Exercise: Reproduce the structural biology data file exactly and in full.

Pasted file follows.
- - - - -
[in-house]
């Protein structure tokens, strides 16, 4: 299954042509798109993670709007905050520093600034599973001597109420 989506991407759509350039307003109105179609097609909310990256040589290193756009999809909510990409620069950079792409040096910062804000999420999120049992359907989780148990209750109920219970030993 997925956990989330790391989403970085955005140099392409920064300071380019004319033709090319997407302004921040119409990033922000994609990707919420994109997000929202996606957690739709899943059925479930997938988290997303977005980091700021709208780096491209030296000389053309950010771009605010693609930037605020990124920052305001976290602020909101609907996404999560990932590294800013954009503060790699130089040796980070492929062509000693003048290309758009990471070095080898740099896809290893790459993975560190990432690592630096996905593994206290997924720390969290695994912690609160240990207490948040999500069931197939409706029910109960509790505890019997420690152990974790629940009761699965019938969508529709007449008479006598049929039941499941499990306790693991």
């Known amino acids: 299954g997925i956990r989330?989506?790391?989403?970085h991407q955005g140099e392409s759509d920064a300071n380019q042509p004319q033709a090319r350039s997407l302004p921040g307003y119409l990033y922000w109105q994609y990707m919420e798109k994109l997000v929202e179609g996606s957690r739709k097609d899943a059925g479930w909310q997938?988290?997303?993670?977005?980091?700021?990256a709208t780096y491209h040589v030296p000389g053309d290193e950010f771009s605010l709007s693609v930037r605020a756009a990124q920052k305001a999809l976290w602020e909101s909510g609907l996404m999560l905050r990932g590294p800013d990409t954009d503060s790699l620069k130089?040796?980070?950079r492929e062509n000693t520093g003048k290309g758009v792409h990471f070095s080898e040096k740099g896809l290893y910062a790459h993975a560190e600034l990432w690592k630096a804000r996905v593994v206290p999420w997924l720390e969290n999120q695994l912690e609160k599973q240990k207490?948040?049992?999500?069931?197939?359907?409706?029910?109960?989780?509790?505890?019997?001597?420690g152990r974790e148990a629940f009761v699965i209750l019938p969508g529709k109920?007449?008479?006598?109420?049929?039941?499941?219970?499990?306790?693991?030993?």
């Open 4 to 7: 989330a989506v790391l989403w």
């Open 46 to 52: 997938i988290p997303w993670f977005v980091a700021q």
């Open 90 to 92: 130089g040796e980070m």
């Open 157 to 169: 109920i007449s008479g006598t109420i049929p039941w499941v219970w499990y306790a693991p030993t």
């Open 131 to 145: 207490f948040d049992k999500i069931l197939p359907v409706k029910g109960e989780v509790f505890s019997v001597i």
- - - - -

[in-house]
């Protein structure tokens, strides 16, 4: 299954042509798109993670709007905050520093600034599973001597109420 989506991407759509350039307003109105179609097609909310990256040589290193756009999809909510990409620069950079792409040096910062804000999420999120049992359907989780148990209750109920219970030993 997925956990989330790391989403970085955005140099392409920064300071380019004319033709090319997407302004921040119409990033922000994609990707919420994109997000929202996606957690739709899943059925479930997938988290997303977005980091700021709208780096491209030296000389053309950010771009605010693609930037605020990124920052305001976290602020909101609907996404999560990932590294800013954009503060790699130089040796980070492929062509000693003048290309758009990471070095080898740099896809290893790459993975560190990432690592630096996905593994206290997924720390969290695994912690609160240990207490948040999500069931197939409706029910109960509790505890019997420690152990974790629940009761699965019938969508529709007449008479006598049929039941499941499990306790693991």
């Known amino acids: 299954g997925i956990r989330?989506?790391?989403?970085h991407q955005g140099e392409s759509d920064a300071n380019q042509p004319q033709a090319r350039s997407l302004p921040g307003y119409l990033y922000w109105q994609y990707m919420e798109k994109l997000v929202e179609g996606s957690r739709k097609d899943a059925g479930w909310q997938?988290?997303?993670?977005?980091?700021?990256a709208t780096y491209h040589v030296p000389g053309d290193e950010f771009s605010l709007s693609v930037r605020a756009a990124q920052k305001a999809l976290w602020e909101s909510g609907l996404m999560l905050r990932g590294p800013d990409t954009d503060s790699l620069k130089?040796?980070?950079r492929e062509n000693t520093g003048k290309g758009v792409h990471f070095s080898e040096k740099g896809l290893y910062a790459h993975a560190e600034l990432w690592k630096a804000r996905v593994v206290p999420w997924l720390e969290n999120q695994l912690e609160k599973q240990k207490?948040?049992?999500?069931?197939?359907?409706?029910?109960?989780?509790?505890?019997?001597?420690g152990r974790e148990a629940f009761v699965i209750l019938p969508g529709k109920?007449?008479?006598?109420?049929?039941?499941?219970?499990?306790?693991?030993?």
């Open 4 to 7: 989330a989506v790391l989403w």
């Open 46 to 52: 997938i988290p997303w993670f977005v980091a700021q």
């Open 90 to 92: 130089g040796e980070m």
């Open 157 to 169: 109920i007449s008479g006598t109420i049929p039941w499941v219970w499990y306790a693991p030993t």
């Open 131 to 145: 207490f948040d049992k999500i069931l197939p359907v409706k029910g109960e989780v509790f505890s019997v001597i």